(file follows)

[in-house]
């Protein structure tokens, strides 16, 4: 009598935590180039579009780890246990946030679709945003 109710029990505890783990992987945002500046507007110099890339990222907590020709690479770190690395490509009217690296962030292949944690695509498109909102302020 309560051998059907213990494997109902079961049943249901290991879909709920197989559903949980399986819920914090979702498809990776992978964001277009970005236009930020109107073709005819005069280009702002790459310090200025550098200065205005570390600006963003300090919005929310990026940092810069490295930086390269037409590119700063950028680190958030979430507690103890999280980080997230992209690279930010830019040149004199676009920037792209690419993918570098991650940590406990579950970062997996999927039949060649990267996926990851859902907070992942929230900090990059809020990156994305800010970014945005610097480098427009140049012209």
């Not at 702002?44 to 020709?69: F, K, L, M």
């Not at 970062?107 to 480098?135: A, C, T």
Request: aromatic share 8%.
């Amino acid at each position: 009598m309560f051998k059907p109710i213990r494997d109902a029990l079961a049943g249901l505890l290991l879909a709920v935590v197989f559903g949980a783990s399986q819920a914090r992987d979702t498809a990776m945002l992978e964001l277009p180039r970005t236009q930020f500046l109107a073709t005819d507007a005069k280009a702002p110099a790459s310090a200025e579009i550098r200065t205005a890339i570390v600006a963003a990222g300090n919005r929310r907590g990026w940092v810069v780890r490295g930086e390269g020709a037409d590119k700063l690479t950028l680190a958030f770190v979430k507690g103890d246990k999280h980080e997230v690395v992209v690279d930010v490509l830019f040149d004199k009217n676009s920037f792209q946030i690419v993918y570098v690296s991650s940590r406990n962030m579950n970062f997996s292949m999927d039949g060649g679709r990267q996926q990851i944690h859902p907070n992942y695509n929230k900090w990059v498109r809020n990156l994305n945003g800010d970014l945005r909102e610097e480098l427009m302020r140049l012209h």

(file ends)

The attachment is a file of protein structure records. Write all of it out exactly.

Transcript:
[in-house]
């Protein structure tokens, strides 16, 4: 009598935590180039579009780890246990946030679709945003 109710029990505890783990992987945002500046507007110099890339990222907590020709690479770190690395490509009217690296962030292949944690695509498109909102302020 309560051998059907213990494997109902079961049943249901290991879909709920197989559903949980399986819920914090979702498809990776992978964001277009970005236009930020109107073709005819005069280009702002790459310090200025550098200065205005570390600006963003300090919005929310990026940092810069490295930086390269037409590119700063950028680190958030979430507690103890999280980080997230992209690279930010830019040149004199676009920037792209690419993918570098991650940590406990579950970062997996999927039949060649990267996926990851859902907070992942929230900090990059809020990156994305800010970014945005610097480098427009140049012209």
């Not at 702002?44 to 020709?69: F, K, L, M």
């Not at 970062?107 to 480098?135: A, C, T």
Request: aromatic share 8%.
């Amino acid at each position: 009598m309560f051998k059907p109710i213990r494997d109902a029990l079961a049943g249901l505890l290991l879909a709920v935590v197989f559903g949980a783990s399986q819920a914090r992987d979702t498809a990776m945002l992978e964001l277009p180039r970005t236009q930020f500046l109107a073709t005819d507007a005069k280009a702002p110099a790459s310090a200025e579009i550098r200065t205005a890339i570390v600006a963003a990222g300090n919005r929310r907590g990026w940092v810069v780890r490295g930086e390269g020709a037409d590119k700063l690479t950028l680190a958030f770190v979430k507690g103890d246990k999280h980080e997230v690395v992209v690279d930010v490509l830019f040149d004199k009217n676009s920037f792209q946030i690419v993918y570098v690296s991650s940590r406990n962030m579950n970062f997996s292949m999927d039949g060649g679709r990267q996926q990851i944690h859902p907070n992942y695509n929230k900090w990059v498109r809020n990156l994305n945003g800010d970014l945005r909102e610097e480098l427009m302020r140049l012209h």